default
Specifies a list of attributes (mode, owner, and group) to
be used by default if attribute information is not
provided for prototype entries which require the
information. The defaults do not apply to entries in
include prototype files.


param=value
Places the indicated parameter in the current environment.
Spans to subsequent included prototype files.


The above commands can have variable substitutions embedded within them,
as demonstrated in the two example prototype files below.


Before files are overwritten during installation, they are copied to a
temporary pathname. The exception to this rule is files whose mode
includes execute permission, unless the file is editable (that is, ftype
is e). For files which meet this exception, the existing version is
linked to a temporary pathname, and the original file is removed. This
allows processes which are executing during installation to be
overwritten.

EXAMPLES


Example 1: Example 1:



!PROJDIR=/usr/proj
!BIN=$PROJDIR/bin
!CFG=$PROJDIR/cfg
!LIB=$PROJDIR/lib
!HDRS=$PROJDIR/hdrs
!search /usr/myname/usr/bin /usr/myname/src /usr/myname/hdrs
i pkginfo=/usr/myname/wrap/pkginfo
i depend=/usr/myname/wrap/depend
i version=/usr/myname/wrap/version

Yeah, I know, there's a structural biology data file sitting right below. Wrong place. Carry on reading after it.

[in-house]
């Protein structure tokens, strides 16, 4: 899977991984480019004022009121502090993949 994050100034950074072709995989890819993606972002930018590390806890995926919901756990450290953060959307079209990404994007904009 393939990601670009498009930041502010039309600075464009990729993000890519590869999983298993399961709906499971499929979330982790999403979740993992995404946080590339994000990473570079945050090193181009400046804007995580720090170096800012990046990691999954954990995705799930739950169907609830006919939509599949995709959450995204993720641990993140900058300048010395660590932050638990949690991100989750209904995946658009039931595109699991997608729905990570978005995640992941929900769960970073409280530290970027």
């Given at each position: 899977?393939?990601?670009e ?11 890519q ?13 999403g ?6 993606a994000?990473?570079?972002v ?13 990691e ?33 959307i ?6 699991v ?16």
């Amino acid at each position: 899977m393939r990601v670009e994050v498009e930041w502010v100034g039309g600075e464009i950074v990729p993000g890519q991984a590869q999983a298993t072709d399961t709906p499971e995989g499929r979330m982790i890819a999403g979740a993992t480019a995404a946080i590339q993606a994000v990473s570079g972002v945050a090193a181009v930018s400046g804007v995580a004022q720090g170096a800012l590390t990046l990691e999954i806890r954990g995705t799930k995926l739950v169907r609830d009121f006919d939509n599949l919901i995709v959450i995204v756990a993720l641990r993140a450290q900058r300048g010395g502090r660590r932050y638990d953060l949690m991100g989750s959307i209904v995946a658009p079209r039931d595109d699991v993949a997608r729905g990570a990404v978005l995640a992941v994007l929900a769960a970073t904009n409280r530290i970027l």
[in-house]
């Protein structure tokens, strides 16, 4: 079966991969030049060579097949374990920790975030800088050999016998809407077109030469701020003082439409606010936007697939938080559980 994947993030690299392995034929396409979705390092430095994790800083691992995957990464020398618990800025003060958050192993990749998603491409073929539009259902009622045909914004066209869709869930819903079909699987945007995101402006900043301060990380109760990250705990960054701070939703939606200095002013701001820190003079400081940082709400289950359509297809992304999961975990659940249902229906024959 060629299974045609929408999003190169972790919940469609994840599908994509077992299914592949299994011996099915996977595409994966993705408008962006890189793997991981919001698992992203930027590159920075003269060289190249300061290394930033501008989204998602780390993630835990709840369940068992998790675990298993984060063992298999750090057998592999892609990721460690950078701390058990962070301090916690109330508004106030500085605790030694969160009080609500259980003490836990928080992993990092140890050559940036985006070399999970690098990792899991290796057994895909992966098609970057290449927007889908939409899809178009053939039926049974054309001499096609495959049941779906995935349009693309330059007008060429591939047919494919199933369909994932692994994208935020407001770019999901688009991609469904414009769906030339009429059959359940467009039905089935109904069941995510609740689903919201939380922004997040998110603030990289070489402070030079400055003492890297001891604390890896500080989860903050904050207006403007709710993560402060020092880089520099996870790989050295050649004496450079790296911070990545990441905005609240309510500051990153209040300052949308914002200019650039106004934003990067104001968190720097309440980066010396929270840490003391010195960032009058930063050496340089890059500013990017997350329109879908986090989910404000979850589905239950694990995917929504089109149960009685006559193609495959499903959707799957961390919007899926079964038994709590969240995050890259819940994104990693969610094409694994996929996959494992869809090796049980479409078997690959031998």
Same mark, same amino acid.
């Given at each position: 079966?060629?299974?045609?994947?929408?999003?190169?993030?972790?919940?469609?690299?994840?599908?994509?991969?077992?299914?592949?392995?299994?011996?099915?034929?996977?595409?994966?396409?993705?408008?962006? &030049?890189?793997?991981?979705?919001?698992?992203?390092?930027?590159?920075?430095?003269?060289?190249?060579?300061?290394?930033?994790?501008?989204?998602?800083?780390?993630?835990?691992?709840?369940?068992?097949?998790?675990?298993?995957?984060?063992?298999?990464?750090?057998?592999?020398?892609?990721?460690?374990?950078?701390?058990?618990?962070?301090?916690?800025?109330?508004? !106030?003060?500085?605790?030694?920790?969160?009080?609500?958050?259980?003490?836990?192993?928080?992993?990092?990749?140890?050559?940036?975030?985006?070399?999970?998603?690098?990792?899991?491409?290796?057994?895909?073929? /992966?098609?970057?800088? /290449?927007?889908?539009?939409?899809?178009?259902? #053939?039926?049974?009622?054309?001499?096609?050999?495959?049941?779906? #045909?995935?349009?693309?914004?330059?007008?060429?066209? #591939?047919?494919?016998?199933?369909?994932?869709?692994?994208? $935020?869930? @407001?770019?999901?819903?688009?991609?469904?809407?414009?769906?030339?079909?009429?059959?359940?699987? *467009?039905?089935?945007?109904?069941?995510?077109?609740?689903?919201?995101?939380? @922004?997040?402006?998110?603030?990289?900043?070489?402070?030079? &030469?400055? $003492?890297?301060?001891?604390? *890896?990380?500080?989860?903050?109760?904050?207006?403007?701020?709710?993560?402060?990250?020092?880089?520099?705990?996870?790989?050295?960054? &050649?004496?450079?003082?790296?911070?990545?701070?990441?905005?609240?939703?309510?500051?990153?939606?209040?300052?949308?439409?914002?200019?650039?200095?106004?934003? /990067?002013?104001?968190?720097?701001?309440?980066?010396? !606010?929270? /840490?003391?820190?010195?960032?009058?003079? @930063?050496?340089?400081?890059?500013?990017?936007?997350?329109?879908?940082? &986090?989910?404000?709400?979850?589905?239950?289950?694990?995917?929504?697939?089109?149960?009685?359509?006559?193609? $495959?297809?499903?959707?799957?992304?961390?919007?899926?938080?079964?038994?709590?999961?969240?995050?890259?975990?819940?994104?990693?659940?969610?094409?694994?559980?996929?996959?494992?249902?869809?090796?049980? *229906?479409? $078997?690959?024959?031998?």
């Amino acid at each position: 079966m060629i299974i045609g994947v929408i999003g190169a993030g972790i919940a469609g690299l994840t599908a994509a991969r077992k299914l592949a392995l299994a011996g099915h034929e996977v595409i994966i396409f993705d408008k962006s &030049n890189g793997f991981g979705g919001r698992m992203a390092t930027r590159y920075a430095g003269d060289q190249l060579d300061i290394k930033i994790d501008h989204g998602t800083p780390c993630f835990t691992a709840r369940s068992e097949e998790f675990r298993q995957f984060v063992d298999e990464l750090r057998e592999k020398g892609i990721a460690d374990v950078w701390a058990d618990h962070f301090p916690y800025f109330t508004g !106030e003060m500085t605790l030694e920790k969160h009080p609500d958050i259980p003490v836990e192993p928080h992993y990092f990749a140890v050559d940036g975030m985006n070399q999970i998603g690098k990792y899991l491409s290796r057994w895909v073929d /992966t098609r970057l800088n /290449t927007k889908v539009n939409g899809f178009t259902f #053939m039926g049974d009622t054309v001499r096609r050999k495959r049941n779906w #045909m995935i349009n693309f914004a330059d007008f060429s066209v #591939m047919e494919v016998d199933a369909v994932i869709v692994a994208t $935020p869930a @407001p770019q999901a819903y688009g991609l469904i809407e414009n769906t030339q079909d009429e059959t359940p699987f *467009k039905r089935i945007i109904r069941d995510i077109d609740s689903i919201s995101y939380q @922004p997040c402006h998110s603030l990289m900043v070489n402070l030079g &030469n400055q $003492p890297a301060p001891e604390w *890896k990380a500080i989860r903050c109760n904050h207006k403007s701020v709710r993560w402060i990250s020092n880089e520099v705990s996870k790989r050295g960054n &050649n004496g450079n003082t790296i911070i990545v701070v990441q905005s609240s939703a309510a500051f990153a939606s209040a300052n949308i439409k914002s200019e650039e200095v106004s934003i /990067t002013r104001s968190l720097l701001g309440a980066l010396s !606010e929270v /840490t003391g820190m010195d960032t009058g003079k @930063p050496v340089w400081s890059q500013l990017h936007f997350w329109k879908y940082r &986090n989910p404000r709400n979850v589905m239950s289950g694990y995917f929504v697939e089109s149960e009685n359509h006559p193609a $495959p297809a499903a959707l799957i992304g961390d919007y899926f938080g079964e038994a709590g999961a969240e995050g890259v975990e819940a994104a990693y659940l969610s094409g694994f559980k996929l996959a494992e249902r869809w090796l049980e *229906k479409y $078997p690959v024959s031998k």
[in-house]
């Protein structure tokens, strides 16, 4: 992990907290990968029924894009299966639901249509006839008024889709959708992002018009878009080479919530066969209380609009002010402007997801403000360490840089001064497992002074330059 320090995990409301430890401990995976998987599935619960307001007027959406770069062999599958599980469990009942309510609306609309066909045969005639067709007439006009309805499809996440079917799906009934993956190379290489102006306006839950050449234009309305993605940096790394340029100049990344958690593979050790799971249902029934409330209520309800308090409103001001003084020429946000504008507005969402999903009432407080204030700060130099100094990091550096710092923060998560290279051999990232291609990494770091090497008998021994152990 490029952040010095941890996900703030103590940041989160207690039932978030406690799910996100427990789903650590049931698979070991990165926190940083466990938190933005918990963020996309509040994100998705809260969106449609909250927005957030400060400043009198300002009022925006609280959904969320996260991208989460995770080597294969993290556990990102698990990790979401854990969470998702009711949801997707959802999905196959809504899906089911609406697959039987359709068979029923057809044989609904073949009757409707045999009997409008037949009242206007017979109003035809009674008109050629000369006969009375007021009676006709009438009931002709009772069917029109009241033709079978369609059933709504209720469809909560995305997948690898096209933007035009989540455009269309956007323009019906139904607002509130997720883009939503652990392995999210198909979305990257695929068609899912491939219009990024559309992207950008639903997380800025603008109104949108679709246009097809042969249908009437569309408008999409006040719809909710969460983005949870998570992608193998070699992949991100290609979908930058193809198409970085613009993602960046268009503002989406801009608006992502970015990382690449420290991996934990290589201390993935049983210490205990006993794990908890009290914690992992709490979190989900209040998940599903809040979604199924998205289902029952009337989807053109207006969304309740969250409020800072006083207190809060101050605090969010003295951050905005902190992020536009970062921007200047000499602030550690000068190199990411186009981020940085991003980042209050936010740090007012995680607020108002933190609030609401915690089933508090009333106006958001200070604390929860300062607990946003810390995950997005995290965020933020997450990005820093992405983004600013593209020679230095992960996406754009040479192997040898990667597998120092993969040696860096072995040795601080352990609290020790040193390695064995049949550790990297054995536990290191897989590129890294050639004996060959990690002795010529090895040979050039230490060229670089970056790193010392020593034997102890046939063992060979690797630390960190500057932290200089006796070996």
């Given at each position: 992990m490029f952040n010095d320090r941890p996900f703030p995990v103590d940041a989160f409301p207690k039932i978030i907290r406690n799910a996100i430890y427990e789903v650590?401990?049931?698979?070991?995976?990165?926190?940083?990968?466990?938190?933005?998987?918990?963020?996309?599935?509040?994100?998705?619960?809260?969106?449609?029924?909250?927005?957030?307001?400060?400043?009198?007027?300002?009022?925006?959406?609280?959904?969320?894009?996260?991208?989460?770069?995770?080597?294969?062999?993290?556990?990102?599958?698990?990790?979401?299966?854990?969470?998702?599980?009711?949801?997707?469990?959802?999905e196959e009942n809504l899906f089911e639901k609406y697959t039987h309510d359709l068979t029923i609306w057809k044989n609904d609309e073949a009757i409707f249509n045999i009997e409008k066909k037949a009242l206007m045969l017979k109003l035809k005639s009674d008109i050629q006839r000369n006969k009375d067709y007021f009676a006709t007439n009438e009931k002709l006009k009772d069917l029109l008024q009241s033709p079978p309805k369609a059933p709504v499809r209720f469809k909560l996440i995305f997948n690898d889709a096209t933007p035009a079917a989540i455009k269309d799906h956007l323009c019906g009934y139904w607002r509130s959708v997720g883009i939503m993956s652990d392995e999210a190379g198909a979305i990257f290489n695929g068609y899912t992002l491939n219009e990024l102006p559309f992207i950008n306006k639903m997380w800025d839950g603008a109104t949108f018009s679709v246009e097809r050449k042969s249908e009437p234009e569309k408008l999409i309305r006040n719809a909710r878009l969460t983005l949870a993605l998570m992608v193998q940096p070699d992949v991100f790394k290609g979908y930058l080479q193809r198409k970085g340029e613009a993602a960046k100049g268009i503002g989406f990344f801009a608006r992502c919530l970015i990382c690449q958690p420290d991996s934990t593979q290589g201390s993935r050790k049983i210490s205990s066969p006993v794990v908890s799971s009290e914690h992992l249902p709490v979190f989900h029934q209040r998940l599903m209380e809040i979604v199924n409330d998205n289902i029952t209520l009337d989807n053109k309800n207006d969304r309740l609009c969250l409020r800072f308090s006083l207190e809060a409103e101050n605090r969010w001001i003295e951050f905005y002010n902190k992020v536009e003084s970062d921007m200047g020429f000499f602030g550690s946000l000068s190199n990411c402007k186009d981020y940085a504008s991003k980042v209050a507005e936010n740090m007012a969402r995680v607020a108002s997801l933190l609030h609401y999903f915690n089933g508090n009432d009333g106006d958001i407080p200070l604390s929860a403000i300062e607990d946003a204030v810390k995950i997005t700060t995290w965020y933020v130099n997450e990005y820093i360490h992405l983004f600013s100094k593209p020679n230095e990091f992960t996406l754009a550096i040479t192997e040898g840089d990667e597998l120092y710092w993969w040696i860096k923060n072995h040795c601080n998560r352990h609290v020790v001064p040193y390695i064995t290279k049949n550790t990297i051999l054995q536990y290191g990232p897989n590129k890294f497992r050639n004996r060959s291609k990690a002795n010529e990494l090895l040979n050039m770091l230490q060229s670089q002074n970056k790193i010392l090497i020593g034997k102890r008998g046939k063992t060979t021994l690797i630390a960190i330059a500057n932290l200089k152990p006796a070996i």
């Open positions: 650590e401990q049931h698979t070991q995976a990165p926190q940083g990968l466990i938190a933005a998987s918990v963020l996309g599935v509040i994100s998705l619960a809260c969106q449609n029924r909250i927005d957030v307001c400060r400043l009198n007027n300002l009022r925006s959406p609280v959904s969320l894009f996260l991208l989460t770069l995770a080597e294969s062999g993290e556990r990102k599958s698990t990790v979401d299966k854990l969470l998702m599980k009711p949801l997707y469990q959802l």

d none /usr/wrap 0755 root bin
d none /usr/wrap/usr/bin 0755 root bin
! search $BIN
f none /usr/wrap/bin/INSTALL 0755 root bin
f none /usr/wrap/bin/REMOVE 0755 root bin
f none /usr/wrap/bin/addpkg 0755 root bin
!default 755 root bin
f none /usr/wrap/bin/audit
f none /usr/wrap/bin/listpkg
f none /usr/wrap/bin/pkgmk
# the following file starts out zero length but grows
v none /usr/wrap/logfile=/dev/null 0644 root bin
# the following specifies a link (dest=src)
l none /usr/wrap/src/addpkg=/usr/wrap/bin/rmpkg
! search $SRC
!default 644 root other
f src /usr/wrap/src/INSTALL.sh
f src /usr/wrap/src/REMOVE.sh
f src /usr/wrap/src/addpkg.c
f src /usr/wrap/src/audit.c
f src /usr/wrap/src/listpkg.c
f src /usr/wrap/src/pkgmk.c
d none /usr/wrap/data 0755 root bin
d none /usr/wrap/save 0755 root bin
d none /usr/wrap/spool 0755 root bin
d none /usr/wrap/tmp 0755 root bin
d src /usr/wrap/src 0755 root bin


Example 2: Example 2:



# this prototype is generated by 'pkgproto' to refer
# to all prototypes in my src directory
!PROJDIR=/usr/dew/projx
!include $PROJDIR/src/cmd/prototype
!include $PROJDIR/src/cmd/audmerg/protofile
!include $PROJDIR/src/lib/proto


SEE ALSO


pkgmk(1), pkginfo(4)


Application Packaging Developer's Guide

NOTES


Normally, if a file is defined in the prototype file but does not exist,
that file is created at the time of package installation. However, if the
file pathname includes a directory that does not exist, the file is not
created. For example, if the prototype file has the following entry:

f none /usr/dev/bin/command


and that file does not exist, it is created if the directory /usr/dev/bin
already exists or if the prototype also has an entry defining the
directory:

d none /usr/dev/bin


May 3, 2008 PROTOTYPE(4)